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Walking In the Shoes of a Head of School

The Head of Elway Country Day School (ECDS) arose at 6 am to the sound of a loud ping on his cellphone indicating an urgent text message.  It was from her Board Chair. It referred to an e mail just sent to the Head and Chair from a “concerned” parent group. The Leader of the group demanded a town meeting with the Board and Head to answer questions about curriculum, budget, tuition, endowment, investments, faculty turnover and staff morale.  This was not the first communique from this group. The previous ones focused solely on questions about the introduction of Critical Race Theory into the School’s curriculum, but now the issues had expanded and the negative and the angry tone had escalated. The group claimed to have almost 200 supporters. 

As she read the note, the Head recognized the author as the same parent who had organized the earlier messages. Interestingly, the School had a parent conduct contract that stated that the School would not tolerate abusive behavior by parents towards the Administration or faculty or behavior that was potentially damaging to the School’s reputation. The School had never accused a parent of breaching that contract.

The School thought it had been very careful on the CRT topic and had pieced together a curriculum that was designed to reflect a broad set of views from those of all racial backgrounds. Apparently, it was not working. It also opened the door to an entire host of other issues and grievances.

The next day, another note arrived in the Chair’s mailbox demanding an answer to the note from the previous day and giving a deadline for a response. This crisis intruded upon both the Head’s and the Chair’s much deserved summer vacation time.  It was as if there was a “shadow” board dictating to the actual one.

The Board was mostly holding together but now two separate parent groups were bombarding the Board individually and collectively causing great stress. This was making it almost impossible for the Chair to call for unity and enforce it. Also, cracks were beginning to show in a Board that had previously been very unified in its support of the Head.

One Board member spoke passionately in support of teaching about the history of race and prejudice in America. Another Board member spoke about being contacted by friends who said they did not want to have their children made to feel responsible for prejudice in America. Thus, the Board was not truly unified.

A subgroup among these angry parents began interviewing teachers, especially some who had recently left or were claiming they planned to leave. The parent group said its purpose was determine whether the Head’s explanation about why people were leaving was in fact true and to assess faculty morale.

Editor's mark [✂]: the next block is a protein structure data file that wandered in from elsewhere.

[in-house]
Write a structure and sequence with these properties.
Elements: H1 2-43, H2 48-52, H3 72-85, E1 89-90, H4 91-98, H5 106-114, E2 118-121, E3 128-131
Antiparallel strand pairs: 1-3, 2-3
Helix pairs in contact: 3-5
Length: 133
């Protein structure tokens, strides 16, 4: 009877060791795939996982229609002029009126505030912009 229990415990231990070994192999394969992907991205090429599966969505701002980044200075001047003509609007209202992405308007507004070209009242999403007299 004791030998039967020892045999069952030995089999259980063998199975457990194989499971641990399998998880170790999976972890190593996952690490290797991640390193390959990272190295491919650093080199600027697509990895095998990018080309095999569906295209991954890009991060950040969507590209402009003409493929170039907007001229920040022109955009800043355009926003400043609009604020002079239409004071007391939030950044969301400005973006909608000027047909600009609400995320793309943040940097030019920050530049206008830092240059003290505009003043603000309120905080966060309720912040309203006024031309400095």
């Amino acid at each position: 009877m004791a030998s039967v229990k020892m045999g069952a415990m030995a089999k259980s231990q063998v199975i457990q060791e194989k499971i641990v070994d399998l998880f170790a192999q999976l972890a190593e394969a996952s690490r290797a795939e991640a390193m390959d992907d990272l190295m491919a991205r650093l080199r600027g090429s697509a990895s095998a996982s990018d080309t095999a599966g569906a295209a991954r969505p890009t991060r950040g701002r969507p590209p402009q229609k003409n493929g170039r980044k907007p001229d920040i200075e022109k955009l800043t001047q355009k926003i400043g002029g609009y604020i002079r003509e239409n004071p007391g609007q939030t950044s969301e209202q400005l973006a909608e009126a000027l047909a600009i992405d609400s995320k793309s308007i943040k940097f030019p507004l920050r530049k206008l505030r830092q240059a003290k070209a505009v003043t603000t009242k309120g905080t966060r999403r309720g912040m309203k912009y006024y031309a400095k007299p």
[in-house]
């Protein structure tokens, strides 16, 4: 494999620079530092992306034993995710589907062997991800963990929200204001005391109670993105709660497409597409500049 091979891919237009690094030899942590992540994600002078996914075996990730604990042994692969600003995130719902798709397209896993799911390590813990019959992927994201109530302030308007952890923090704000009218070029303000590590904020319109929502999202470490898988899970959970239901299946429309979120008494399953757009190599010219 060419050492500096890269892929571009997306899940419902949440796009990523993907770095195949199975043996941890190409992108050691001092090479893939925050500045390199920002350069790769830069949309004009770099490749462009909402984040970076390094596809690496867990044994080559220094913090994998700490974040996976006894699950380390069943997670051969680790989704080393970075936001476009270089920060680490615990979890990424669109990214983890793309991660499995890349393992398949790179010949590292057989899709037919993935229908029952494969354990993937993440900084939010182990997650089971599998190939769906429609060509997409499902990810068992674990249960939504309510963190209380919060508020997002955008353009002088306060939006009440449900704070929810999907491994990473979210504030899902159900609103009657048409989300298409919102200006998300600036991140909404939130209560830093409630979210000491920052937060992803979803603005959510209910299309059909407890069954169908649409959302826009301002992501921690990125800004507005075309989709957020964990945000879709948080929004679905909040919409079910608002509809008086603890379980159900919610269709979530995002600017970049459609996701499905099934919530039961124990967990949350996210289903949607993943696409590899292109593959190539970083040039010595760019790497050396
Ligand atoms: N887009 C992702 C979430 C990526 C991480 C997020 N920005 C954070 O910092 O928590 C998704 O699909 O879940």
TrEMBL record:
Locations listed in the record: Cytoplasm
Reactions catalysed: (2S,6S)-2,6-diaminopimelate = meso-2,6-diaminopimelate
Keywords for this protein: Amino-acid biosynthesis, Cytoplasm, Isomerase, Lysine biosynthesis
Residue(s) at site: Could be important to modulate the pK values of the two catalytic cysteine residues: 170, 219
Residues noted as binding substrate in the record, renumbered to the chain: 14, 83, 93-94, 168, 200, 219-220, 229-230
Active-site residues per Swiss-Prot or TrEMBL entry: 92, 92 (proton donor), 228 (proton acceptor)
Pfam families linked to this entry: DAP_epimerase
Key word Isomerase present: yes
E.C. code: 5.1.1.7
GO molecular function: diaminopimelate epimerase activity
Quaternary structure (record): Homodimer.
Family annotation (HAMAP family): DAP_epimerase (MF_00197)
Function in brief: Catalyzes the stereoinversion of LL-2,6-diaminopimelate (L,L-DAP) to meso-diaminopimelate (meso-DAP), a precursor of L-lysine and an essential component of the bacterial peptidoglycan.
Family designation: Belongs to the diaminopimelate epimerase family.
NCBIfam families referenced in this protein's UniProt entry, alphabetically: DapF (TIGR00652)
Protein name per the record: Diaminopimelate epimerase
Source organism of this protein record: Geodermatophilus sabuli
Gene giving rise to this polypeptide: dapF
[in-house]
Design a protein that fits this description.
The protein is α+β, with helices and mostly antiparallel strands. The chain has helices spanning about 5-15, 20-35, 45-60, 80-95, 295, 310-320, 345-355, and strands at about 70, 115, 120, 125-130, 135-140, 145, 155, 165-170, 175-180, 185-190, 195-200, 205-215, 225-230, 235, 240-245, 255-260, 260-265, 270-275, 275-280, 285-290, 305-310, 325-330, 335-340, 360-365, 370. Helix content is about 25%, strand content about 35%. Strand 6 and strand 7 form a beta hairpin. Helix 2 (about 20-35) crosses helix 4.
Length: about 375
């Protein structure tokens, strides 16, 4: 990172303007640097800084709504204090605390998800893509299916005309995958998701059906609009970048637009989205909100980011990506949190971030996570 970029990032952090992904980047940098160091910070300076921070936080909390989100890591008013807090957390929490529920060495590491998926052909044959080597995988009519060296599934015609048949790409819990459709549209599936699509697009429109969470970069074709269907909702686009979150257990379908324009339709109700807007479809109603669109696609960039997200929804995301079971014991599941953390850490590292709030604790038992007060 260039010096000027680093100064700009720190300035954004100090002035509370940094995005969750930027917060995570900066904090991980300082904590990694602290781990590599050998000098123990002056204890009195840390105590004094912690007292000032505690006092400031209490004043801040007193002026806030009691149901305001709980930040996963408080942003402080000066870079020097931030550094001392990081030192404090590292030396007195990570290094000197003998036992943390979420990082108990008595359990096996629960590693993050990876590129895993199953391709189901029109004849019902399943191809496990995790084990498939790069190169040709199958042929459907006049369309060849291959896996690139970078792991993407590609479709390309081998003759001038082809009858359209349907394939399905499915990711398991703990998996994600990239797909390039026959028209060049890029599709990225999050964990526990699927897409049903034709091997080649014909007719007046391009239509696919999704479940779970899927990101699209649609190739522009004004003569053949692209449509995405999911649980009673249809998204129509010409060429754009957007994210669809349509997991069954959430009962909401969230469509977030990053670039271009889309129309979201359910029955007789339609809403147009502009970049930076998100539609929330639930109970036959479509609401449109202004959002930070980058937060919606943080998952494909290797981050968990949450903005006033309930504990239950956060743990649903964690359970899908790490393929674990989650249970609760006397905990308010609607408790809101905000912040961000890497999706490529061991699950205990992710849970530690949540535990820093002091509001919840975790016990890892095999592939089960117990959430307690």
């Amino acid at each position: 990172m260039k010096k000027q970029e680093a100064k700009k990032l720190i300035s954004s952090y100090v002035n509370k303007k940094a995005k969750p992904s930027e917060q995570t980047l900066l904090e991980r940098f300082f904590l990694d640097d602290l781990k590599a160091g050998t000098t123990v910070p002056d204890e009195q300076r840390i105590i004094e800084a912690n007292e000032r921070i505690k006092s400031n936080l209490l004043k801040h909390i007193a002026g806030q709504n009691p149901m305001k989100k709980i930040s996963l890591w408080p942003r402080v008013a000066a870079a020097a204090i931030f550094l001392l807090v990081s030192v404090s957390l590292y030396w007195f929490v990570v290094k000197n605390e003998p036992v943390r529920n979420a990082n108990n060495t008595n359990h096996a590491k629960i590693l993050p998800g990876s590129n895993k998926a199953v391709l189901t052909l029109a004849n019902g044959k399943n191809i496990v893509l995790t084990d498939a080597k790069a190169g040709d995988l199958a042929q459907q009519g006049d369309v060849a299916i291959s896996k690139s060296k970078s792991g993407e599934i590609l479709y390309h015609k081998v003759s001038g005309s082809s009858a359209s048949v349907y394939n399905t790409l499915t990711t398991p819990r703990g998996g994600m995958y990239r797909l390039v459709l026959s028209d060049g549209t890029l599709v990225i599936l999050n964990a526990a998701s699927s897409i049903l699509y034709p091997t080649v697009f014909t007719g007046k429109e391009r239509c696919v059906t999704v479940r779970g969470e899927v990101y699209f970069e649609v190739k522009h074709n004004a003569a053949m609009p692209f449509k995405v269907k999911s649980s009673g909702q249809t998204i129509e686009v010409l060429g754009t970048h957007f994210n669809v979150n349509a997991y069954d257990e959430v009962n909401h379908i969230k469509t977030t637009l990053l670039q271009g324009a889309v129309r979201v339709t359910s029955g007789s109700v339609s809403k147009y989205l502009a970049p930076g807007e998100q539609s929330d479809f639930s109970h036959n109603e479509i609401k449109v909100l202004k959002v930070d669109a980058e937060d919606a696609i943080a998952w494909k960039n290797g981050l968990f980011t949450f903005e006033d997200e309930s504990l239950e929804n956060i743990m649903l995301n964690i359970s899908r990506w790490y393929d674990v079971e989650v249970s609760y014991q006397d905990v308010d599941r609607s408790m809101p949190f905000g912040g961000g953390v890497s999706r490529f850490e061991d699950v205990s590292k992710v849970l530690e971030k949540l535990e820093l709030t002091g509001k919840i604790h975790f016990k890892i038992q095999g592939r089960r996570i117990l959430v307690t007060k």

Some teachers spoke out against the Head, seeing this as an opportune moment to air grievances about decisions they did not like. Others who were not leaving or planning to leave gently reminded their peers that not everyone shared their views. But as is often the case, the loud aggressive voices drowned out the shy and restrained ones. 

The Board felt compelled to conduct a parent opinion survey.  The company that launched the survey included the question: “your view of the caliber of the leadership of the school administration”.  The question did not say specifically the head of school but that was how the respondents interpreted it.

Only 25% of the parents responded, and they were very negative. In the comments section of the survey, there were many opinions stating that “the board is supposed to represent the parents”. 

The Board was stunned by the response.  When the results of the survey were shared with the parent body, rumors began circulating that the Head might be asked to resign. The Board panicked, did not know what to do next or which issue to address first, and the Head felt under siege and without support.  

The Board, anxious and frightened by the survey results decided to buy out the last year of the Head’s contract.  Once this became known, the 75% of the parent body who had not answered the survey and had no major issues with the Head, organized in protest, and led by a group of active parents, managed to overthrow the Board. The new Board rehired the Head. 

Lessons

Always be wary of parent opinion surveys. If the School undertakes one, try not to do it during a time of crisis; never do it in the spring; and never report the results back to the parents unless you have at least a 66% rate of return.  A 25% response rate is far too low to be considered an accurate reflection of the parent body’s true views. 

Annually an independent school board should educate the parents that the board is not an elected one, not entirely made up of current parents, and represents the mission which includes the past, present and future.

This Consultant often recommends that when a board feels a crisis coming, the should board try to heal any fragmentation within it, and “circle the wagons” in a time of crisis, keep their conversations confidential and support their head.